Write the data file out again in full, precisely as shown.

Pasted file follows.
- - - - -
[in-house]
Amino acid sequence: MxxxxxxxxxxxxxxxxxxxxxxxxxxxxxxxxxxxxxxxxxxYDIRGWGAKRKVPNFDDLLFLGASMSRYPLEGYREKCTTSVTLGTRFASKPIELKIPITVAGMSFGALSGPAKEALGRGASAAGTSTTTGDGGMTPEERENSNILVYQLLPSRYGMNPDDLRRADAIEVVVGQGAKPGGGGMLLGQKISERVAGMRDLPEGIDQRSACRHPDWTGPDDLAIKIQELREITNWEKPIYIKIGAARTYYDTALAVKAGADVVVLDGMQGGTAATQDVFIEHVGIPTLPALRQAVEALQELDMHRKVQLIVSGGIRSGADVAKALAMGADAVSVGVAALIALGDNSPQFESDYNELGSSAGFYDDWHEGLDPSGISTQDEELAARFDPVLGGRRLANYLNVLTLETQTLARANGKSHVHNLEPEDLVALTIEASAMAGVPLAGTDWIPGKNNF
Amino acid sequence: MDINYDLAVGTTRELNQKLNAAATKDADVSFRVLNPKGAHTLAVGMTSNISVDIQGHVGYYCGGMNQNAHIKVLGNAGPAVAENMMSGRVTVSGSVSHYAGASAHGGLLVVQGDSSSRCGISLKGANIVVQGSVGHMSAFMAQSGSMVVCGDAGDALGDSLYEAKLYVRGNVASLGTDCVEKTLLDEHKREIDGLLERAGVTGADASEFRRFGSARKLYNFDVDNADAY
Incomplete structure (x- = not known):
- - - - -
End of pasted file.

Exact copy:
[in-house]
Amino acid sequence: MxxxxxxxxxxxxxxxxxxxxxxxxxxxxxxxxxxxxxxxxxxYDIRGWGAKRKVPNFDDLLFLGASMSRYPLEGYREKCTTSVTLGTRFASKPIELKIPITVAGMSFGALSGPAKEALGRGASAAGTSTTTGDGGMTPEERENSNILVYQLLPSRYGMNPDDLRRADAIEVVVGQGAKPGGGGMLLGQKISERVAGMRDLPEGIDQRSACRHPDWTGPDDLAIKIQELREITNWEKPIYIKIGAARTYYDTALAVKAGADVVVLDGMQGGTAATQDVFIEHVGIPTLPALRQAVEALQELDMHRKVQLIVSGGIRSGADVAKALAMGADAVSVGVAALIALGDNSPQFESDYNELGSSAGFYDDWHEGLDPSGISTQDEELAARFDPVLGGRRLANYLNVLTLETQTLARANGKSHVHNLEPEDLVALTIEASAMAGVPLAGTDWIPGKNNF
Amino acid sequence: MDINYDLAVGTTRELNQKLNAAATKDADVSFRVLNPKGAHTLAVGMTSNISVDIQGHVGYYCGGMNQNAHIKVLGNAGPAVAENMMSGRVTVSGSVSHYAGASAHGGLLVVQGDSSSRCGISLKGANIVVQGSVGHMSAFMAQSGSMVVCGDAGDALGDSLYEAKLYVRGNVASLGTDCVEKTLLDEHKREIDGLLERAGVTGADASEFRRFGSARKLYNFDVDNADAY
Incomplete structure (x- = not known):